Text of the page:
(2) It allows for more abstraction.  For example, SVE has scalable types
    that are logically tuples of 2, 3 or 4 vectors.  Defining them as opaque
    built-in types means that we don't need to treat them as single vectors
    in C and C++, even if that happens to be how LLVM represents them.
    Building tuple types into the compiler also means that we don't need
    to support scalable vectors in structures or arrays.

In case this looks familiar...

This is a refresh of an RFC I sent out last year
The details are basically the same, except that we're no longer
proposing to support user-defined sizeless types.  The reason for
sending the RFC again is that (unlike last time) LLVM does now support
the underlying scalable vectors.  The patches are therefore less
speculative than they were before.

Those on WG21 might also remember that sizeless types were used as
a possible basis for a proposal to make P0214 support scalable vectors
It was clear from the committee meeting that modifying P0214 in this
way wasn't acceptable and this message isn't an attempt to revive
that discussion.  All we're trying to do with this RFC is make
Clang support opaque built-in types that map to LLVM vscale types.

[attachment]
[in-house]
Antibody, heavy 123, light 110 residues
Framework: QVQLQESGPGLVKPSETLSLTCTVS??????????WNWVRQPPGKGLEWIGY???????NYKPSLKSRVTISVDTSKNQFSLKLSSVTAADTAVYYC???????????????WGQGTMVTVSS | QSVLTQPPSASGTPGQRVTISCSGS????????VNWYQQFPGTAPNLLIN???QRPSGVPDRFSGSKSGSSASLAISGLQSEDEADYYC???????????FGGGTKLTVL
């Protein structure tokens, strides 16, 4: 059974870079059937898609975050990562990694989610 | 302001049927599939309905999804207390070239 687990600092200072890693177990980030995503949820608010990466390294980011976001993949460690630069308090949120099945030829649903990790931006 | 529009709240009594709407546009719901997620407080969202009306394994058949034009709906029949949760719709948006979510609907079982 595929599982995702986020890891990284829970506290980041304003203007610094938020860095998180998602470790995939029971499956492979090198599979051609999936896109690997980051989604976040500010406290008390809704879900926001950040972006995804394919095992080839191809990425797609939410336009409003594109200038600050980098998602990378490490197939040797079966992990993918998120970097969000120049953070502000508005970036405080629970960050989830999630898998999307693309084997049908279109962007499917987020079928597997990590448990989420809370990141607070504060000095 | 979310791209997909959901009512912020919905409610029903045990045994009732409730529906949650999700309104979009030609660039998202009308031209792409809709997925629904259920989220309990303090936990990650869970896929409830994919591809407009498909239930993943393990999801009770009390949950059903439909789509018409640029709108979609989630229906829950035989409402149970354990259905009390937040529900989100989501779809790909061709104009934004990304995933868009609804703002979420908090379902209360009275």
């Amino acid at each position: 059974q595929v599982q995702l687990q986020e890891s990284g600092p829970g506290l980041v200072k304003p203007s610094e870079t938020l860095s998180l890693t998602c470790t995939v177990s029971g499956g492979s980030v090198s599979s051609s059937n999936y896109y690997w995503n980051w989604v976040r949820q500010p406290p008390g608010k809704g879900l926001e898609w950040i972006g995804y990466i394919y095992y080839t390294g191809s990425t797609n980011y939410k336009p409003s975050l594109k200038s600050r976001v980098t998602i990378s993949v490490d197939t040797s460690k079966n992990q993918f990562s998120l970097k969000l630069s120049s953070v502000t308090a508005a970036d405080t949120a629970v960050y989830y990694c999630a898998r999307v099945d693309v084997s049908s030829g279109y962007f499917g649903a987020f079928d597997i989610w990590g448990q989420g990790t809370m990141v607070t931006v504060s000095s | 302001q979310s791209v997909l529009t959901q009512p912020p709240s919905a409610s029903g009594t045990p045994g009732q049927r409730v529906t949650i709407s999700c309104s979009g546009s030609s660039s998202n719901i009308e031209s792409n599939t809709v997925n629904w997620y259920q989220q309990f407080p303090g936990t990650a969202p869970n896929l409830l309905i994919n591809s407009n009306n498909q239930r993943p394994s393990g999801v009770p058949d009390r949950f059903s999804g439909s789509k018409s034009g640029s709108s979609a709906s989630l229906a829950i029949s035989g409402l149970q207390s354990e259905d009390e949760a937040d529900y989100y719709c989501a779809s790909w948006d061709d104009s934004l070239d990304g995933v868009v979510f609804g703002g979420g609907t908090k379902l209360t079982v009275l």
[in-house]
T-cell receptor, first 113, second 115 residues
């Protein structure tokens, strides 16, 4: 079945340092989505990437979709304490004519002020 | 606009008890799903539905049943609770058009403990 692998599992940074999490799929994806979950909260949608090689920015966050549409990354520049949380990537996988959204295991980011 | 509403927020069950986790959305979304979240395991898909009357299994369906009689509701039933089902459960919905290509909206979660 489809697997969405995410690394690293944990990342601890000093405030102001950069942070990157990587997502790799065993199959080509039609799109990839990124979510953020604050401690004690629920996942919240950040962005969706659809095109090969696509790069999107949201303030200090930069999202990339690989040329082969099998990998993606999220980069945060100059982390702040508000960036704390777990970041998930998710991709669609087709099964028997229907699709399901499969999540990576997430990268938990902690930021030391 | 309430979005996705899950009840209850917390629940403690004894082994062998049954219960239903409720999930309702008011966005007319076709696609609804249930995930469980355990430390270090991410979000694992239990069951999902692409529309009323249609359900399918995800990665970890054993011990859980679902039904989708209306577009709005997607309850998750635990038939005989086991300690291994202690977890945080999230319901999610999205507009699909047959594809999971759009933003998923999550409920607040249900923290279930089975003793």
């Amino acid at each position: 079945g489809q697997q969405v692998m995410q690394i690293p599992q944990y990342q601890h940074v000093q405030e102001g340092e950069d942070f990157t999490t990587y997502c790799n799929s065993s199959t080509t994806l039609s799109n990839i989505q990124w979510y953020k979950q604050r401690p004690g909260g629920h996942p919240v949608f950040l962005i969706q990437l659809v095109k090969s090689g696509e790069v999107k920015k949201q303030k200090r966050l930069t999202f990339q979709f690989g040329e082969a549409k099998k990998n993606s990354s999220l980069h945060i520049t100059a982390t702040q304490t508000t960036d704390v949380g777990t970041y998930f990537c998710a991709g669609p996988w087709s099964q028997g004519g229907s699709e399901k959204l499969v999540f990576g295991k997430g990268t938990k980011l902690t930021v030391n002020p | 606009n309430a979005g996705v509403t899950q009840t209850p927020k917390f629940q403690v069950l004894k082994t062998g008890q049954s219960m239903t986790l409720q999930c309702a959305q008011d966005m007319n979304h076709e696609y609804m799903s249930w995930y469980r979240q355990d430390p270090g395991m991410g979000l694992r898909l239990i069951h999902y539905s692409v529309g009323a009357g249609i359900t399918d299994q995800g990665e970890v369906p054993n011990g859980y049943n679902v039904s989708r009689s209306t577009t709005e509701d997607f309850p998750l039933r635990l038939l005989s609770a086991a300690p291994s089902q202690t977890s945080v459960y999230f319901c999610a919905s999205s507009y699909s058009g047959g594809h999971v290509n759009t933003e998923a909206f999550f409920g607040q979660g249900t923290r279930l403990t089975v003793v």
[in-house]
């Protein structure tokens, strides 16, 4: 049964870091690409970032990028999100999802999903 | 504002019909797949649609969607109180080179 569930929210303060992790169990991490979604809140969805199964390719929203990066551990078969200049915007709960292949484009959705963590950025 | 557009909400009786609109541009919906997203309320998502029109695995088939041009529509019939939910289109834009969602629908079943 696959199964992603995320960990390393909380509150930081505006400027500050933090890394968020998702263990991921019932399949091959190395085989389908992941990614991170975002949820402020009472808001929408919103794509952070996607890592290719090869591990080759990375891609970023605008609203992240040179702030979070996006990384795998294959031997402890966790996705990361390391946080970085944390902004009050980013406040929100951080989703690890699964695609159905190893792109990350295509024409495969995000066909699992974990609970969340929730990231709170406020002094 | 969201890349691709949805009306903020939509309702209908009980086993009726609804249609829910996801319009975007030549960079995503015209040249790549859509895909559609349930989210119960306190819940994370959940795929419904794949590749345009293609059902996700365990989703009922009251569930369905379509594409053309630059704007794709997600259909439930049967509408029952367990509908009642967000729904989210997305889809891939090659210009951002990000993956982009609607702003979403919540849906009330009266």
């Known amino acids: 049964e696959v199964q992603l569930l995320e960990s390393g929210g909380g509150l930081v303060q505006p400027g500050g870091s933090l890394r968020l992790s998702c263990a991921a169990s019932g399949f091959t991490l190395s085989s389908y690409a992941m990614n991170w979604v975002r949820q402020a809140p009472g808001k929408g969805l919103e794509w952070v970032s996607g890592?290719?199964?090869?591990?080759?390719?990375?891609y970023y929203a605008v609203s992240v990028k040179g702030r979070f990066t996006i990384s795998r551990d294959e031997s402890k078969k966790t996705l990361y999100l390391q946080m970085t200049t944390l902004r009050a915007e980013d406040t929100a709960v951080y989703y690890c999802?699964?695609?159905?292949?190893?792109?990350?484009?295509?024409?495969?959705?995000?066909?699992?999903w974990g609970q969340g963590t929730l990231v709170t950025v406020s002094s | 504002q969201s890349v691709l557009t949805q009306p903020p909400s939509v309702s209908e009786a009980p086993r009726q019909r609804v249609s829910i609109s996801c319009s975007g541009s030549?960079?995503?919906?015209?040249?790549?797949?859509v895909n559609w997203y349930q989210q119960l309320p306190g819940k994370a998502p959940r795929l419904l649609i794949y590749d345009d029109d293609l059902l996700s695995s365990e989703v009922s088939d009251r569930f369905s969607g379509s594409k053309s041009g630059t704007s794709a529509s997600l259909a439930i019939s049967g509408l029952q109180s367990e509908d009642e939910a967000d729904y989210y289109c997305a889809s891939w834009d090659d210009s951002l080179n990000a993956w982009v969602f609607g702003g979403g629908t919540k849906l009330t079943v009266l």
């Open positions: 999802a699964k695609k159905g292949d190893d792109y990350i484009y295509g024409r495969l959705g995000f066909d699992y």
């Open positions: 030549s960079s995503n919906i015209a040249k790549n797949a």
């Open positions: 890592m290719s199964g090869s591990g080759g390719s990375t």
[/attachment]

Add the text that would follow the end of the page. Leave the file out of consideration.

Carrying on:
(In particular, there's no __sizeless_struct, or any other attempt
to support aggregates of sizeless types.)

Why the extension is needed

We need these scalable types in the AArch64 port so that we can provide
low-level access to the SVE and SVE2 vector extensions.  More information
on the extensions is available here:


but the only feature that really matters for this RFC is that they have
no fixed or preferred vector length.  Processors that implement SVE can
instead choose from a range of possible vector lengths.  This means that
in many environments, the actual vector length is only known at runtime.

SVE has been designed so that one piece of "length-agnostic" code can
work for all vector lengths.  The new scalable types provide the basis
for writing such code in C and C++.  Specifically:

* As with other vector architectures, it's possible to pass and return